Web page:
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Conducting as communication


There is a video of the Russian conductor Yevgeny Mravinsky I absolutely adore. This video, available on youtube (, features Mravinsky conducting his own orchestra (of a barely credible 50 years), the Leningrad Symphony Orchestra, playing Tsaikovsky’s Fifth Symphony.

The music-making is wonderful in this film; after all, this is the bread and butter of an orchestra from the same city as Tsaikovsky. But the thing that brings me back to this video, is the strength of the conducting. In some ways it is idiosyncratic, but at the same time very classical. Mravinsky conducts without a baton, which makes his hands extremely expressive (and appealing to a choral conductor), but I think that is in the end only a minor detail.

Mravinsky’s general appearance and demeanour are, for lack of a better word, noble. You might even say his face looks austere and expressionless. But I think he proves us wrong very quickly. This is communicative conducting at its best. For me, Mravinsky does not paint a visual picture of the score or his own emotions, as many other conductors do. His conducting is aimed at realising his idea of the score. It is not so much information as communication. He prepares (and how!), warns, reacts, gives feedback, entices, encourages, all at the same time as his gestures also depict the music. Not to mention giving a pretty clear beat pattern at the same time.

A few examples. Look at the video from about 1’00. Mravinsky looks up as if looking into the distance, giving the music a poetic flavour. Then he focuses his eyes on the woodwinds during the pause creating an intensity for that pause and the next entrance. There is a little nod as he begins the next phrase (‘if you please’) that I find oddly endearing. The raising of the eyebrows (1’26 and 1’34) is also eloquent. The first one I read as ‘oh’ and the second one ‘with care, eh?’.

When the music changes character at 2’13, Mravinsky first concentrates on the strings and their new motive with both his hands and his body. He then turns his attention to the woods and their theme (eyebrows again). He nods slightly to the clarinet (‘good’) and even manages a little grimace of a smile (‘all good’ / ‘great music’). At 2’29 comes a surprising and eloquent small gesture of the hand for the new entry. It encompasses both time and character beautifully.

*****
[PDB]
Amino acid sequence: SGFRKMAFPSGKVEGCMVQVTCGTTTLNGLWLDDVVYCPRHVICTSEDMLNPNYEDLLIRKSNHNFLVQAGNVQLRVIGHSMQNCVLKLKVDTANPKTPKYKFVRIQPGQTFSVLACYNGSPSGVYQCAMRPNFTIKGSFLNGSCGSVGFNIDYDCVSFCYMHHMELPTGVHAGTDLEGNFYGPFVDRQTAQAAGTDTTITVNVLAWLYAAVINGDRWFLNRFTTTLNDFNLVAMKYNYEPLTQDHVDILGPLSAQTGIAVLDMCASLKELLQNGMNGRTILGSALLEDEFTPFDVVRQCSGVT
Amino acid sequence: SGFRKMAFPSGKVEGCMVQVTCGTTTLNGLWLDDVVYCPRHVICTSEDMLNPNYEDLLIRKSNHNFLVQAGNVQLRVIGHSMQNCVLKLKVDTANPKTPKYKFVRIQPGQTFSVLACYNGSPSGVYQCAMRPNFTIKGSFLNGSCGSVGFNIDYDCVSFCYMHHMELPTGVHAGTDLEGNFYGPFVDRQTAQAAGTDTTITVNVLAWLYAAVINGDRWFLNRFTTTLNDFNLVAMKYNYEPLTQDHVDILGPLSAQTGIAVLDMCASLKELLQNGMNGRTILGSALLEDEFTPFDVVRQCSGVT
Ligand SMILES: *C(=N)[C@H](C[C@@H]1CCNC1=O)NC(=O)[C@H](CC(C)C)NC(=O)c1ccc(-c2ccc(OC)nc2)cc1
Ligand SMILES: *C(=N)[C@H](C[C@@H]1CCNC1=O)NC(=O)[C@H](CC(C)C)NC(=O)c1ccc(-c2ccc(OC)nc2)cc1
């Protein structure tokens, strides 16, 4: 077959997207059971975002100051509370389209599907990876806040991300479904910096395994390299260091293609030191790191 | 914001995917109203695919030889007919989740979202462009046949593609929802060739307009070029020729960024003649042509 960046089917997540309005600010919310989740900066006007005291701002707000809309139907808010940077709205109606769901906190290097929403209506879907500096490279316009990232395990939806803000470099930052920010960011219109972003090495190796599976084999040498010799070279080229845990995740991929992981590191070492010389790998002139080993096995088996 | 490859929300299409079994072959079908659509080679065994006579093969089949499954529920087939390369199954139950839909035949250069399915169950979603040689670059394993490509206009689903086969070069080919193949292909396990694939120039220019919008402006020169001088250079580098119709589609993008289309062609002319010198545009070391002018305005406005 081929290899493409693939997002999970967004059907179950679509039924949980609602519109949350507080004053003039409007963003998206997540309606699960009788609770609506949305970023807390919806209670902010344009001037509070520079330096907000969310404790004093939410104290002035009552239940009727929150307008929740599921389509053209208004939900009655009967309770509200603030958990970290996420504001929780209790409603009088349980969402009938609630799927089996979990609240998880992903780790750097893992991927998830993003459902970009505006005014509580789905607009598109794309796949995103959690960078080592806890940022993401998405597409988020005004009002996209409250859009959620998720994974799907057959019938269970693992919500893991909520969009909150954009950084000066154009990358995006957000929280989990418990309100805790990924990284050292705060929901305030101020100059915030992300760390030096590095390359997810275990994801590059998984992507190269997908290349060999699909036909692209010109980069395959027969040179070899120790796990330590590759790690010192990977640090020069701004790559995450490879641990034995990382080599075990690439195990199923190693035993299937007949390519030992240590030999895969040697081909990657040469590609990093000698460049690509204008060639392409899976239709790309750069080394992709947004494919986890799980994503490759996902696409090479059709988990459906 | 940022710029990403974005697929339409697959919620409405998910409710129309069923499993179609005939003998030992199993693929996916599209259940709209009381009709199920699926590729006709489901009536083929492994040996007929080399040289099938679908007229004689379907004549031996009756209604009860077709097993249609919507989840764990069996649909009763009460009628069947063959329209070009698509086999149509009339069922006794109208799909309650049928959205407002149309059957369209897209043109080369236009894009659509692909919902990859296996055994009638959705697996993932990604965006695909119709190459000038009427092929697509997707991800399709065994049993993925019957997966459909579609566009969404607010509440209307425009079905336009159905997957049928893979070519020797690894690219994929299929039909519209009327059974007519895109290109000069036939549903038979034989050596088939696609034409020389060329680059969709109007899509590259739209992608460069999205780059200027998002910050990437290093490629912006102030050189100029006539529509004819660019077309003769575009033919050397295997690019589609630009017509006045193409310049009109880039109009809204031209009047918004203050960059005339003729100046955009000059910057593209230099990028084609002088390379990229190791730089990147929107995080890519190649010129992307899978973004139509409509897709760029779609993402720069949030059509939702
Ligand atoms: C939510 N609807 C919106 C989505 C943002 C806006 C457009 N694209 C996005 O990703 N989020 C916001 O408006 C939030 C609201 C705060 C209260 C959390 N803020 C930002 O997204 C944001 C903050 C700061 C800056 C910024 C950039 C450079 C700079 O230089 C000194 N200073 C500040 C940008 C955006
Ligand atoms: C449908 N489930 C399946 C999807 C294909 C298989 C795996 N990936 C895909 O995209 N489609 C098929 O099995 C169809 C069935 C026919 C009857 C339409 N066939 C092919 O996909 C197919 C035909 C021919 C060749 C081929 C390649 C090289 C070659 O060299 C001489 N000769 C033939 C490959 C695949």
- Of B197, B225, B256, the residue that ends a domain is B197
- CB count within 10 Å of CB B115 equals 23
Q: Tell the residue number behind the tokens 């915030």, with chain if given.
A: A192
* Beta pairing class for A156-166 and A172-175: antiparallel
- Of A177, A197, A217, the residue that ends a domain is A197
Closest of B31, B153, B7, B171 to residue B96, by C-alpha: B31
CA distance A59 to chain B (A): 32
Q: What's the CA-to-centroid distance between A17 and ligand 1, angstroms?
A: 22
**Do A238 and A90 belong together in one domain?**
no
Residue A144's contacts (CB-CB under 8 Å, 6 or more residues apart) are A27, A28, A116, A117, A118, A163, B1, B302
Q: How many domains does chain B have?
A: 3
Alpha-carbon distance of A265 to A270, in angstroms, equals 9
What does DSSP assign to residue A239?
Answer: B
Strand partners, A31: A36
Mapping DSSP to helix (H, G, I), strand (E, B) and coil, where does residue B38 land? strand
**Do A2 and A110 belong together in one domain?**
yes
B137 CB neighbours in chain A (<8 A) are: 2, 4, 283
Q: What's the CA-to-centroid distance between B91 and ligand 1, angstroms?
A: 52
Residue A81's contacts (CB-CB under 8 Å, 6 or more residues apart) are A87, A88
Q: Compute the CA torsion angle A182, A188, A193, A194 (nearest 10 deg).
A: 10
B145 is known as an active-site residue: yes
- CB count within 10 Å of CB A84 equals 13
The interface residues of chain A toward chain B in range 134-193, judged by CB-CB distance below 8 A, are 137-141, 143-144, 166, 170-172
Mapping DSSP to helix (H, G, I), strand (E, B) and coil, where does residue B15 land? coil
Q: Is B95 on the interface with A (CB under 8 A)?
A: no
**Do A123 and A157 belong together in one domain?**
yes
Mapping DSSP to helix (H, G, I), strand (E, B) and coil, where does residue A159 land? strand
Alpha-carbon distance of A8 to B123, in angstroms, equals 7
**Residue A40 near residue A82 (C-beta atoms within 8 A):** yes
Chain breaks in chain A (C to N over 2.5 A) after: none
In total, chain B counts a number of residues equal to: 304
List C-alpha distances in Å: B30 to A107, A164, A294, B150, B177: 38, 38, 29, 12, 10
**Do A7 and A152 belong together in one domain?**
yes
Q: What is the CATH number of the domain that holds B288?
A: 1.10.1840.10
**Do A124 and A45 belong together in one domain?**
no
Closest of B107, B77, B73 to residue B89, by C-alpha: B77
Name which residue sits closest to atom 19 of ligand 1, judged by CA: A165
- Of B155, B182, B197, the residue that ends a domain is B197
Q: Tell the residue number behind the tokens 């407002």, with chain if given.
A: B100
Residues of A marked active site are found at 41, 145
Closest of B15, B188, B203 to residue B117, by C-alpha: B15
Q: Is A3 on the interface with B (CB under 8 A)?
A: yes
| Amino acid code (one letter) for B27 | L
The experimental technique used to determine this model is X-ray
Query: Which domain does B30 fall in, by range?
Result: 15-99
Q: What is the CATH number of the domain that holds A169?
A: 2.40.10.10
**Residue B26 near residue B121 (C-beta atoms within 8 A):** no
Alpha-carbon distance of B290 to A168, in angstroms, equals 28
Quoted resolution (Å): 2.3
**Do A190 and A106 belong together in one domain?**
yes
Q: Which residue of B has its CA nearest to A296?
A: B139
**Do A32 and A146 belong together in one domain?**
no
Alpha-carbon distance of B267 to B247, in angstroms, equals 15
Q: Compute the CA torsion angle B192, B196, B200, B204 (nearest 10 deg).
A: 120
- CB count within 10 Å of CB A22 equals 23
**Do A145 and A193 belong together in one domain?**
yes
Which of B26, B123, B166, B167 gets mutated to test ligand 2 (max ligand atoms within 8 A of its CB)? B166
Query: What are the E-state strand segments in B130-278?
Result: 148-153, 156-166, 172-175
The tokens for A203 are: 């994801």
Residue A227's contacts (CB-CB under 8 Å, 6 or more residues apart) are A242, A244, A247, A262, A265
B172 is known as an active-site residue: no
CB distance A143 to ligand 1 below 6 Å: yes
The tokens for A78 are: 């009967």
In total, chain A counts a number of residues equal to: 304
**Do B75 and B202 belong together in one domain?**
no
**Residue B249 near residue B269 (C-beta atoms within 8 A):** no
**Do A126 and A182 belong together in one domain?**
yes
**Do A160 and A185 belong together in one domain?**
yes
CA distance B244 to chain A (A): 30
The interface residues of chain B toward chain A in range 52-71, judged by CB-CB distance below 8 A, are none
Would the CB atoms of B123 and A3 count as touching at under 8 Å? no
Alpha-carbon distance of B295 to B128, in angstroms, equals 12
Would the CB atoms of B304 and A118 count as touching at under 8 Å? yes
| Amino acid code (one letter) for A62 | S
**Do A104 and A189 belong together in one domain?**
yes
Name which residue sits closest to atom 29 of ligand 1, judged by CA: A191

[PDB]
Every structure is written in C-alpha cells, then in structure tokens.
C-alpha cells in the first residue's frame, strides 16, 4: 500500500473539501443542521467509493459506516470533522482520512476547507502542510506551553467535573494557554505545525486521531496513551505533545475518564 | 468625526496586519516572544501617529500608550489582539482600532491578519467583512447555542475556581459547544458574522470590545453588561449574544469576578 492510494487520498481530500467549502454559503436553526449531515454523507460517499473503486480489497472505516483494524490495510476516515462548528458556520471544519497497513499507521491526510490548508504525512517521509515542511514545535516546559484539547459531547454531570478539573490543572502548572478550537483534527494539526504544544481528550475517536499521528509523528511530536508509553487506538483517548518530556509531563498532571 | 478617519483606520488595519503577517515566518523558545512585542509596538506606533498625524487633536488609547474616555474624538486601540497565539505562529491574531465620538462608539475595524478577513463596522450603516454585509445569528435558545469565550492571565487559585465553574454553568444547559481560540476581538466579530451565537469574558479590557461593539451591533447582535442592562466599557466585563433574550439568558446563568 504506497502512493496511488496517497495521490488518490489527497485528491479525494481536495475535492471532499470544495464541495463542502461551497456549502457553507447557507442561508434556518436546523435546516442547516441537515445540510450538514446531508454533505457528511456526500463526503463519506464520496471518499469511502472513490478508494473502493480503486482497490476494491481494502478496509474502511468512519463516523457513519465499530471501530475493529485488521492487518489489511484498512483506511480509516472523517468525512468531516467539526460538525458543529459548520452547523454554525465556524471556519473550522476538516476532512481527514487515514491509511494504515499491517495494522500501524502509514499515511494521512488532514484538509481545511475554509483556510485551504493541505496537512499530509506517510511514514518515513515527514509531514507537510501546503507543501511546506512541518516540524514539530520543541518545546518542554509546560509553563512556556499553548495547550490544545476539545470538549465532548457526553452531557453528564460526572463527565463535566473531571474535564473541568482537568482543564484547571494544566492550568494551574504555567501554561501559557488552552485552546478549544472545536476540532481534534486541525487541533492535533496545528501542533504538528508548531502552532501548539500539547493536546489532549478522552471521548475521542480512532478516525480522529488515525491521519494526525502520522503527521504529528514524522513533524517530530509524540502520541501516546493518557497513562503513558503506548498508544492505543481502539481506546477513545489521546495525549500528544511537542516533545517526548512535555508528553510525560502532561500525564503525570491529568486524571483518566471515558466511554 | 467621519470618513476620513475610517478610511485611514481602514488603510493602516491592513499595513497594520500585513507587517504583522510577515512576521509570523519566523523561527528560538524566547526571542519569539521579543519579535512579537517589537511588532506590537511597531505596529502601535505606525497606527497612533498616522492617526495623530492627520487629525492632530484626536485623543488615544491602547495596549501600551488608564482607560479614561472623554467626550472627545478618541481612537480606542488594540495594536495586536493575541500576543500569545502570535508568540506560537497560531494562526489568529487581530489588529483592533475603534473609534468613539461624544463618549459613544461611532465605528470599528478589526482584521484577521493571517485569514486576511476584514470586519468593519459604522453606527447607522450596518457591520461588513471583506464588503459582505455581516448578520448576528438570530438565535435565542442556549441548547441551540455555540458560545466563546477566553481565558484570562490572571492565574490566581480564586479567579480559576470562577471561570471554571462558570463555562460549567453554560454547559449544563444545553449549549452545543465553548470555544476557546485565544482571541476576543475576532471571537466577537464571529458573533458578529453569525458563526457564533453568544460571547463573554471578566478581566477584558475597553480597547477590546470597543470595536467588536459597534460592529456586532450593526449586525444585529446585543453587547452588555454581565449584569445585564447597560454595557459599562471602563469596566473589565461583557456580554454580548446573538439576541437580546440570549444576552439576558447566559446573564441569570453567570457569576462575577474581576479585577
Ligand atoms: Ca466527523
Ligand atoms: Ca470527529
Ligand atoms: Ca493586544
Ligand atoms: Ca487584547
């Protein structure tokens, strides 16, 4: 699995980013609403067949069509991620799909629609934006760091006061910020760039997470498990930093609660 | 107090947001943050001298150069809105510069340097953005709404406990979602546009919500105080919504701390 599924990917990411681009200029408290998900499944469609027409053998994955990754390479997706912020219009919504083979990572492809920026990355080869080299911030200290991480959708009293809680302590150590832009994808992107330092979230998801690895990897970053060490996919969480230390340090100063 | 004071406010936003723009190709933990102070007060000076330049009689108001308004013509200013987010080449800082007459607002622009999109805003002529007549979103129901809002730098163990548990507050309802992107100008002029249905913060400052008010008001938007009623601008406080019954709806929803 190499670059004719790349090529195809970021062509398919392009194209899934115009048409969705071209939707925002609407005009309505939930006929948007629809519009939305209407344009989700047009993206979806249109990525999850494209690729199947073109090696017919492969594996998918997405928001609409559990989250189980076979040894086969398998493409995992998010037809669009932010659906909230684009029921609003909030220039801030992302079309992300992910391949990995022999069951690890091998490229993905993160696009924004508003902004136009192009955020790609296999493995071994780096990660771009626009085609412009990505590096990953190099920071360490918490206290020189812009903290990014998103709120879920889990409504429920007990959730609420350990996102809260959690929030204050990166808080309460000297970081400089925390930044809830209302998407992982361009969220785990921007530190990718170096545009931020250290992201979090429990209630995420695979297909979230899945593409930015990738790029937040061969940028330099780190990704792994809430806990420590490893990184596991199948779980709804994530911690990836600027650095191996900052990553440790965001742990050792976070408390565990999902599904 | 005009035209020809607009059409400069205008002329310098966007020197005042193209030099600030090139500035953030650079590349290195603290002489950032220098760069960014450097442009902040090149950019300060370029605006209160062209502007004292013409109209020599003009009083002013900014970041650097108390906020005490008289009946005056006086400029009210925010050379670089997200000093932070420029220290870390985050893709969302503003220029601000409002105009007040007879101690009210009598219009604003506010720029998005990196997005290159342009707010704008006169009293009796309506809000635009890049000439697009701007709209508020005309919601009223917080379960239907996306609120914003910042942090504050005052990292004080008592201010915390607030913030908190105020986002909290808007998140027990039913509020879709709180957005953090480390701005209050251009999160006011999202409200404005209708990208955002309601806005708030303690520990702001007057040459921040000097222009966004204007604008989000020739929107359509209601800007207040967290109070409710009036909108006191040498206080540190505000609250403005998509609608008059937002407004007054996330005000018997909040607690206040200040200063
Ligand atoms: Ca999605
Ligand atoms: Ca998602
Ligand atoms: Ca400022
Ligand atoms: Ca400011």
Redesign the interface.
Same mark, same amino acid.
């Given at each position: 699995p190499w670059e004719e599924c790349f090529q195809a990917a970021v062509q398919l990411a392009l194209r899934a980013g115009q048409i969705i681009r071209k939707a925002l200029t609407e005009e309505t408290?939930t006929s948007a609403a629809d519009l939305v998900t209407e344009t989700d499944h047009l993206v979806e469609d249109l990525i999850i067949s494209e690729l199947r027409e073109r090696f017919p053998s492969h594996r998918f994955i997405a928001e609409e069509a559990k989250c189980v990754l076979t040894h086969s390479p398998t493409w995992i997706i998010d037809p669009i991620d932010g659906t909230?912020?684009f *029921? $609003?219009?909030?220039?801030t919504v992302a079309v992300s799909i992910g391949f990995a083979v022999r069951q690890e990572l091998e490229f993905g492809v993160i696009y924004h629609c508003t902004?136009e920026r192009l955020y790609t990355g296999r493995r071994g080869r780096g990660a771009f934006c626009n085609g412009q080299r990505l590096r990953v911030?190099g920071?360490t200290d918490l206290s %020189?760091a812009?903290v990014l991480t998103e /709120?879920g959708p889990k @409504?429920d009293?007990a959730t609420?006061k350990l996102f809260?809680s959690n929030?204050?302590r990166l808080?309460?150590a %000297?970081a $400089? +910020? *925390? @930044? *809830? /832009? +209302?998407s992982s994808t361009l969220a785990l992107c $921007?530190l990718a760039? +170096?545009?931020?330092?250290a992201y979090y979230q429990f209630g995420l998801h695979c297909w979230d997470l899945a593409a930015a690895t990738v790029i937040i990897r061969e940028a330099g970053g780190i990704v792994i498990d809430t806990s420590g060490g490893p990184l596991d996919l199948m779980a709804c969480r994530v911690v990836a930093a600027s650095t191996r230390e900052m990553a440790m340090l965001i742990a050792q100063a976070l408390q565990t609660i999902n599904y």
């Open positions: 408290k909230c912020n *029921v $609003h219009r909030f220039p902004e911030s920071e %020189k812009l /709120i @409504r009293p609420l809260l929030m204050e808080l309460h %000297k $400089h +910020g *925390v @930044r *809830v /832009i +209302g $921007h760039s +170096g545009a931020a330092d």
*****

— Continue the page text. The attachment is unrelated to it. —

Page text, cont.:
After this come a few key moments from the point of view of causing what he feels is in the score as opposed to depicting it. From about 2’40 the intensity of the music grows, but Mravinsky remains calm, thus keeping the momentum in check. And, for me, the most amazing thing happens around 2’55 when four sudden violent waves appear in quick succession. Mravinsky’s gestures focus on the syncopated notes that begin the motive (in the lower winds). These notes are not at all the most salient audible element of Tsaikovsky’s musical figure. In the same way, his conducting from about 3’20 is surprising. Again, the music is powerful and even aggressive, very upright in sound. Yet, Mravinsky’s gestures are restrained and to a great extent horizontal. Besides changing the way this passage sounds (giving it breadth), he also seems to saving energy for where the music is going and creates an amazing intensity that lasts until the culmination around 4’00.

This is what makes great conducting so exciting. There is a clear vision combined with wonderful skills and a deep desire to communicate the vision. It is a here-and-now experience because of the communicative approach. It will in all likelihood never be the same again. This makes it thrilling for both musicians and audience. There is a deep respect for the score, but there is also an understanding of the need to interpret the score every single time, like a text and its reading. I also believe there is a deep respect for the musicians and the communicative approach makes them part of the creative process.

It is worth noting that a great deal of the gestures, with which Mravinsky works, are not traditional conducting gestures. Yes, the hands are beautiful, the movements flowing, the beat patterns clear and the impulses precise. All these could only come from a good training and years of experience. But the facial expressions, the body movements and many gestures of the left hand are clear to us because they are just normal body language we read every day in other human beings. I believe most of these gestures are intuitive and are just a natural expression of the will of the mind and the will to communicate with the performers.



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